Those restricted to a gluten-free diet can also enjoy foods such as pasta, bread and pastries. But they have to be made with alternative grains such as rice, tapioca, potato, corn starches and flours, and buckwheat.

It makes sense for the segment of the population who suffers from celiac disease to accommodate a gluten-free diet since their bodies are essentially telling them that gluten poses a problem. For those not diagnosed with celiac disease, the need for a gluten-free diet may not be necessary.

“If you don’t have celiac disease, I’m not sure a gluten-free diet will help you, but you are the best judge of that,” Dr. Bone says. “If you feel better after eliminating gluten, do the gluten-free diet. If you don’t feel better, then don’t do it. Listen to your body.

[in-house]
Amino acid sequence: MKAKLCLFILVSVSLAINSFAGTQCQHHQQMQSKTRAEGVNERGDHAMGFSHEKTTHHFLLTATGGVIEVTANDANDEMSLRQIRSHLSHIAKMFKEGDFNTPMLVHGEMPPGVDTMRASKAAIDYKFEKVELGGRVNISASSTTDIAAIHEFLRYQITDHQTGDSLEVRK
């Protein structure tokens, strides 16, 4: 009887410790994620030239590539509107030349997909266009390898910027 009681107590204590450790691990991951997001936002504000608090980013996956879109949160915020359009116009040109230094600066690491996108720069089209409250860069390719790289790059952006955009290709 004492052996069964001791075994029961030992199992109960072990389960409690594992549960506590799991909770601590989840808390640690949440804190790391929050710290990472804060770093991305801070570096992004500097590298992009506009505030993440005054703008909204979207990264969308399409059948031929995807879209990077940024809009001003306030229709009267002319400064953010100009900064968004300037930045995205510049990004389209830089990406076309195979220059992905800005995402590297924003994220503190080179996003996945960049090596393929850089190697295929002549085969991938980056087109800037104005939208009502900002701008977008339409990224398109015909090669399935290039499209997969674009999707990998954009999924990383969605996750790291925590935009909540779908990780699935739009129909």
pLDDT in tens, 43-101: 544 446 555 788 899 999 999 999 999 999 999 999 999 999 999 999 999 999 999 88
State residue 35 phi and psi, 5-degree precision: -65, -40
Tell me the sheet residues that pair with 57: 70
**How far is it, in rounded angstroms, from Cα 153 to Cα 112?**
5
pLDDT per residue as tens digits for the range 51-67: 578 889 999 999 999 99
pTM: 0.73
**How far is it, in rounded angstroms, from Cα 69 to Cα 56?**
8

Join Dr. Esperanza Garcia-Alvarez, pediatric gastroenterologist at Advocate Children’s Hospital’s Pediatric Celiac Center in Park Ridge, Ill., on Friday, November 15 at 11:30 a.m. for AdvocateLive, where she will answer your questions live about celiac disease. Click here to submit your questions now.

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  1. Actually, based on these choices, it sounds like putting yourself on this diet no matter what – whether it's a trend or required by your doctor – is fine. It's like going on a Diabetics Diet. It's cutting out things that you don't need anyway (although the sugar sub's scare me and kinda make me feel yucky after consuming them) like sugar, and you're really kicking up the chances of never getting diabetes! We're told to get rid of (or lessen) our consumption of white sugar and white flour anyway, and one goes with the Diabetics Diet and the other with the Gluten Free Diet. What have we got to lose, but pounds, right?
    As usual, just my opinion. Thanks for reading. 😉